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Dublin: 2 °C Sunday 19 November, 2017
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Status Yellow rainfall warning issued for 14 counties tomorrow

The weather is expected to deteriorate dramatically then on Friday with “very unsettled and changeable” conditions.

Hurricane Ophelia in Kinsale.
Hurricane Ophelia in Kinsale.
Image: Eamonn Farrell via Rolling News

Updated 11.10am

STORM OPHELIA HAS come and gone but Ireland will be hit by another bout of heavy rain and wind over the next few days – but it’s NOT Storm Brian yet.

A Status Yellow warning has been issued by Met Éireann, with heavy rain forecast for a number of counties.

The warning – which applies to Munster, Dublin, Carlow, Kildare, Kilkenny, Louth, Wexford, Wicklow and Meath – forecasts heavy rain with accumulations of between 30 and 50mm in some areas.

A spell of heavy and possibly thundery rain will fall across the country tonight with lowest temperatures from eight to 11 degrees.

Likewise, it will be cloudy and misty tomorrow with widespread heavy and thundery rain, with some local flooding.

The weather is expected to deteriorate dramatically on Friday with “very unsettled and changeable” conditions, according to Met Éireann.

Although a weather system with gale force winds and heavy rain is making its way towards Ireland for the weekend, it’s neither comparable to Storm Ophelia nor is it a storm just yet.

Social and online media has been abuzz about the upcoming “storm”, which some predicted would be worse than yesterday’s deadly Ophelia.

However, meteorologist with Met Éireann Harm Luijkx says that the service hasn’t yet determined if the weather pattern Invest 92L will be a storm by the time it hits Irish shores.

The incoming bad weather will make its way in slowly on Friday, as the day will start off mostly dry and calm with sunny spells.

Quickly changing, wet and windy weather is expected to move up from the southwest through the afternoon and evening.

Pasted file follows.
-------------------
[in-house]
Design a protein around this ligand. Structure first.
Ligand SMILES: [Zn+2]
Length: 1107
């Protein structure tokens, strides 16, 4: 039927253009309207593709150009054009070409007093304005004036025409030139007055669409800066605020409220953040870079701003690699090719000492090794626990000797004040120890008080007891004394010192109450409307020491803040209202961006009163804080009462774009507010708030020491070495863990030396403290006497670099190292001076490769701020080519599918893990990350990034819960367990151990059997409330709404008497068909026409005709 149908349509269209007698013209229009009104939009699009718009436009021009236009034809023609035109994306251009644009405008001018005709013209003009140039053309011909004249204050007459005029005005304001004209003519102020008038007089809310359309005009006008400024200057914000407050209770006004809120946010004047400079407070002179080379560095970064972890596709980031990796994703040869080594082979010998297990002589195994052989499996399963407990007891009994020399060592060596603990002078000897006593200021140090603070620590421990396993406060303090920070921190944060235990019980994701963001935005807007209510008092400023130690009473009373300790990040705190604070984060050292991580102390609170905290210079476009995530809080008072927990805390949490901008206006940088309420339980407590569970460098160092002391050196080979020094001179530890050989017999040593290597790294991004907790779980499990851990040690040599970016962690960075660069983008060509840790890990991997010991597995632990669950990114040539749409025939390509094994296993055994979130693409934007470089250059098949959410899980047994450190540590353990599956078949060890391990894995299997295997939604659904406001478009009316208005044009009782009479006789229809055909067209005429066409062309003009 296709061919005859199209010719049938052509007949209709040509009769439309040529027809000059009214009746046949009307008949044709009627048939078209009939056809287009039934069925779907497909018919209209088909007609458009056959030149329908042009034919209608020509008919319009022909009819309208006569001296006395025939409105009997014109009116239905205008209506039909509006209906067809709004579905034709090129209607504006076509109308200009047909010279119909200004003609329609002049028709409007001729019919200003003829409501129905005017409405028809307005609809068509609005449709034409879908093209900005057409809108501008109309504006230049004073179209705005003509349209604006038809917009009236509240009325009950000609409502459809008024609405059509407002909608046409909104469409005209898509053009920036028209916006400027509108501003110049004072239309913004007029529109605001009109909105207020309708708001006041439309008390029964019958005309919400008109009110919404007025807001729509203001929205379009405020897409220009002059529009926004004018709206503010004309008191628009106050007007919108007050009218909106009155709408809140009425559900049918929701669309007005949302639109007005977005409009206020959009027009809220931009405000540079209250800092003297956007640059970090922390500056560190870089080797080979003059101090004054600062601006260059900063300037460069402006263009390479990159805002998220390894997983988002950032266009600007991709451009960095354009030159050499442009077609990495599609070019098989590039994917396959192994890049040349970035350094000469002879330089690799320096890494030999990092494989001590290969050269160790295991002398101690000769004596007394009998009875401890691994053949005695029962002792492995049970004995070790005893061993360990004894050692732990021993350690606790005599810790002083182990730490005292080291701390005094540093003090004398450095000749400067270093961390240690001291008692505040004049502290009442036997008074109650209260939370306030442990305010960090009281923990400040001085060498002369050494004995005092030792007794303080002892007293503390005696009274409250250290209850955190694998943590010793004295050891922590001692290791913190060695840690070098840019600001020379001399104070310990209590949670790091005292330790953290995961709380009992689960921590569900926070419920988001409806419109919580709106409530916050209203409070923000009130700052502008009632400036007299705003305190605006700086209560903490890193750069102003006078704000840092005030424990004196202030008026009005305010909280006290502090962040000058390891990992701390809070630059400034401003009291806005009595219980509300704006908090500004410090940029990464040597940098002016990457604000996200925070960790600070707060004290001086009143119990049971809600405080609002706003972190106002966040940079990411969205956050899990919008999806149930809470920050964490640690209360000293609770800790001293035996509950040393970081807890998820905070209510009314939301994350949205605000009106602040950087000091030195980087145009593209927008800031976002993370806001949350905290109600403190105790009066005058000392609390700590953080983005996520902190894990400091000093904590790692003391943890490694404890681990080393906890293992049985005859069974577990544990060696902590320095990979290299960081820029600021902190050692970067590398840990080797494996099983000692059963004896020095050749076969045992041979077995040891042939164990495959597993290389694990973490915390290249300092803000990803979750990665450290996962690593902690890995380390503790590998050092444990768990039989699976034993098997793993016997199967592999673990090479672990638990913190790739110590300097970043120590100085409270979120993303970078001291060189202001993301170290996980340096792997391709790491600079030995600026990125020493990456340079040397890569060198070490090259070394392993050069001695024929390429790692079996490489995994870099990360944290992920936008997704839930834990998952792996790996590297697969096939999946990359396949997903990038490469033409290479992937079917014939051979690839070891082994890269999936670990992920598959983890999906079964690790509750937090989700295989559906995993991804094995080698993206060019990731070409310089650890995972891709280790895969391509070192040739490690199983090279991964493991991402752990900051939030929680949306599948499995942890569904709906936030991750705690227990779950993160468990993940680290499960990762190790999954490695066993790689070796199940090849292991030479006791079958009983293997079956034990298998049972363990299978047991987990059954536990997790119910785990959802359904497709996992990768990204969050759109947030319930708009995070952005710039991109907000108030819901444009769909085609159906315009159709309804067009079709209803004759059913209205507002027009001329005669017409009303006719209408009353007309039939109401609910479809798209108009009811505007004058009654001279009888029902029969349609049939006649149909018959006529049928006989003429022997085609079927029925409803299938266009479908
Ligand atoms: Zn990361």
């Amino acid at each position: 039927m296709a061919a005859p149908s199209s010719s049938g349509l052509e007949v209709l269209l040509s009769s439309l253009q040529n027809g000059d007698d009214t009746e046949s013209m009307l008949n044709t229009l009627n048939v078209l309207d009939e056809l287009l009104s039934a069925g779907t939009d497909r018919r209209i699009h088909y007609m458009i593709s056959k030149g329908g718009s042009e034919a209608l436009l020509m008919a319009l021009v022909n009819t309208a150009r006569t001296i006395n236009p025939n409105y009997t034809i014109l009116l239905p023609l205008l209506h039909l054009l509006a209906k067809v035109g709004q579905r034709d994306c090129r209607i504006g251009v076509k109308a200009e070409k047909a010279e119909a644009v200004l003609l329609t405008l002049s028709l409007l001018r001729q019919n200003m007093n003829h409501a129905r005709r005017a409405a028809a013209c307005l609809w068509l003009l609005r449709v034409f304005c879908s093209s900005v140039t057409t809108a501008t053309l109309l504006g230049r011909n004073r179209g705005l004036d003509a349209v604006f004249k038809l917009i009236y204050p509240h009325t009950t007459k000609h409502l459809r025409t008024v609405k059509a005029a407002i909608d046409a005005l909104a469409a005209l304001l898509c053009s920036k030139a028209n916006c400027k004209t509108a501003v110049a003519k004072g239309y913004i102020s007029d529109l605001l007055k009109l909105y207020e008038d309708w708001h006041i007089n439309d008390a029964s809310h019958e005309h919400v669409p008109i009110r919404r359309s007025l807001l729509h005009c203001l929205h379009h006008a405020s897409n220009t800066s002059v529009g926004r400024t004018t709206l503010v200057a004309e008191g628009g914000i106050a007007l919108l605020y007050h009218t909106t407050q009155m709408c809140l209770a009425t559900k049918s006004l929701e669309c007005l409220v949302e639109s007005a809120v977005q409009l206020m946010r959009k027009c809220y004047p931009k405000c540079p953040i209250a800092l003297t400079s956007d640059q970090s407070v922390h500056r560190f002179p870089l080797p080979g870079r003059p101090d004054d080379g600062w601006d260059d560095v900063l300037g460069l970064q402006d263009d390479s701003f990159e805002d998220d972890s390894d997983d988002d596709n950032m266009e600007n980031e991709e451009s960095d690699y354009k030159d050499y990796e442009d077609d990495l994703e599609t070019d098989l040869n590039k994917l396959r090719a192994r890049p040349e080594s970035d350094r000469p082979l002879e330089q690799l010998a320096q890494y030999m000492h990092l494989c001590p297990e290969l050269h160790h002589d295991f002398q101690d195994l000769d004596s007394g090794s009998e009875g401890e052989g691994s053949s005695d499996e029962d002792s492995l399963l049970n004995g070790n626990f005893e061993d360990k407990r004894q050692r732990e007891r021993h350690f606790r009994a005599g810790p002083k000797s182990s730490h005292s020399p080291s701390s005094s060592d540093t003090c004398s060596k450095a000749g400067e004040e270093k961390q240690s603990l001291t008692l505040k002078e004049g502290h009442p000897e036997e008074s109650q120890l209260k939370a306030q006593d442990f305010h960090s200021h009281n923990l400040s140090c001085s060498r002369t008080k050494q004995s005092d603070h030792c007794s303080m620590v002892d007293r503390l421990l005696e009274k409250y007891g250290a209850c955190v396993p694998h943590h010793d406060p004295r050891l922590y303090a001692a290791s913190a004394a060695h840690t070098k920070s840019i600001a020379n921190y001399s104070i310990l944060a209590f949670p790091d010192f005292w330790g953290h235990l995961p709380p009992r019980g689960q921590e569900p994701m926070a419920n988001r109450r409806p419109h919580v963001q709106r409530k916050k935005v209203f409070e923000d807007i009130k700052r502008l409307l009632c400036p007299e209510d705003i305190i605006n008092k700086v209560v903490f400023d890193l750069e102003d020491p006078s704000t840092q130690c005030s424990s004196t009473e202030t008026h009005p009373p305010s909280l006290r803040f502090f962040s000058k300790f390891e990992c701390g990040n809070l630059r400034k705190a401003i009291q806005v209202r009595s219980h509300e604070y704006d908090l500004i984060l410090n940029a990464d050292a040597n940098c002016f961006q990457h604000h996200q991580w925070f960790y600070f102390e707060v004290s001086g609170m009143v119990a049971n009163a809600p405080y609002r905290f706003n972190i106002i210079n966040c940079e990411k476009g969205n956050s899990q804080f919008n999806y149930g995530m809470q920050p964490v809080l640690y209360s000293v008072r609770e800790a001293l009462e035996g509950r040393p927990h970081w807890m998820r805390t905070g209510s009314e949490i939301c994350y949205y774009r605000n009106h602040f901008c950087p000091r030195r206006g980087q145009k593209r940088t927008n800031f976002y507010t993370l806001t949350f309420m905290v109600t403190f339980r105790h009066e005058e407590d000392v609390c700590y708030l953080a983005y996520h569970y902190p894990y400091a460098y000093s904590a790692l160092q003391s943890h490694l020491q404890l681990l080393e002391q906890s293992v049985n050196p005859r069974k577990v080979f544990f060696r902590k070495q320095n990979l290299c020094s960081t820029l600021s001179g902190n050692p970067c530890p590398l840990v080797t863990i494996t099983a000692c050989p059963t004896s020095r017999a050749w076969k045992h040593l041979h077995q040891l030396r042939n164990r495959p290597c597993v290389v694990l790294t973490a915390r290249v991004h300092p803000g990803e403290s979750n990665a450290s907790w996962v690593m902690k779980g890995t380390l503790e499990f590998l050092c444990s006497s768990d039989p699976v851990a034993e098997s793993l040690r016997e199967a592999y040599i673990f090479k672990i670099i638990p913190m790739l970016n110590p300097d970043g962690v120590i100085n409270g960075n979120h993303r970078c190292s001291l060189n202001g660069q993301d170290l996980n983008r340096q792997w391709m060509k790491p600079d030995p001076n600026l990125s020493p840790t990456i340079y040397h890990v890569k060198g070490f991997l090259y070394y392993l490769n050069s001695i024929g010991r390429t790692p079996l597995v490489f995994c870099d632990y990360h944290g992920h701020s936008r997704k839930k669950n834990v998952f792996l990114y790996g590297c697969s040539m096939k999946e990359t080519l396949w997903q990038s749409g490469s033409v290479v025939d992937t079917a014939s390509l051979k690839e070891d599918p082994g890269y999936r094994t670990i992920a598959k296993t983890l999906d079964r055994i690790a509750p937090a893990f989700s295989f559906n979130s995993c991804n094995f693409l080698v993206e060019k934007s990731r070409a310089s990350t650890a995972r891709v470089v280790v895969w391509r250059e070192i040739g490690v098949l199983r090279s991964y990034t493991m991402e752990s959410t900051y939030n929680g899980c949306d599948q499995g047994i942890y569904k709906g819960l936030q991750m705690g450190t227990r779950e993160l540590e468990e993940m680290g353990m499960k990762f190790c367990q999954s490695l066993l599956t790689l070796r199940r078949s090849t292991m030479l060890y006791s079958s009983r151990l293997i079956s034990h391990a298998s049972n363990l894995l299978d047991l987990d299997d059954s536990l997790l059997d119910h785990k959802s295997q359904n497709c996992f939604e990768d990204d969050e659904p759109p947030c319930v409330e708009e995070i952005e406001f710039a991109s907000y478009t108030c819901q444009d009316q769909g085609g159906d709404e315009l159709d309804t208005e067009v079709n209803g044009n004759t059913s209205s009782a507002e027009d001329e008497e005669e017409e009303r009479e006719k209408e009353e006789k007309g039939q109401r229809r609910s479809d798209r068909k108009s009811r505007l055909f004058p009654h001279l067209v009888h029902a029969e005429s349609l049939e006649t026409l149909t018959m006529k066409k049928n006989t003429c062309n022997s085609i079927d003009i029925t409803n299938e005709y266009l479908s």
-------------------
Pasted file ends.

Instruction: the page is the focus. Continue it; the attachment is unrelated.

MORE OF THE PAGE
Temperatures will range between 12 and 14 degrees but will feel cooler as the rain and winds strengthen from the southeast.

It will be extremely wet and windy overnight on Friday, with risk of local flooding and strong to gale force winds will continue in from the southeast.

Continuing on, Saturday will be extremely wet and windy for much of the day, with strong to gale force northwesterly winds.

Easing up in the evening, rain should give way to more showery weather in the evening and winds will slow down. Despite the ease in conditions, Met Éireann says further spot flooding is likely.

Despite the horrible outlook for the weekend, Luijkx told TheJournal.ie that it’s not yet certain that Invest 92L will be an actual storm by the time it hits Ireland.

It’s too early to call. At the moment it doesn’t look too severe and not comparable at all to Storm Ophelia.

“Naming a storm is a decision between Met Éireann and the UK Met Office. This is definitely not named as a storm yet.”

The next named storm in Ireland will be named Brian, after last month’s storm Aileen. However, this particular pattern hasn’t been named yet.

Yesterday, Met Éireann tweeted that naming storms is a decision made jointly by themselves and the UK Met office on the basis of objective criteria.

“It’s a depression that will track just south of us, but it doesn’t look too extreme,” Luijkx said.

We will make a decision (on naming) around two days before, when we have clear information. We will issue guidance when it’s time to.

With reporting by Paul Hosford, Sean Murray

Read: ‘Storm Brian’ isn’t comparable to Ophelia – and isn’t even a storm yet

More: Luas services back but thousands without power as Ophelia impact is still felt

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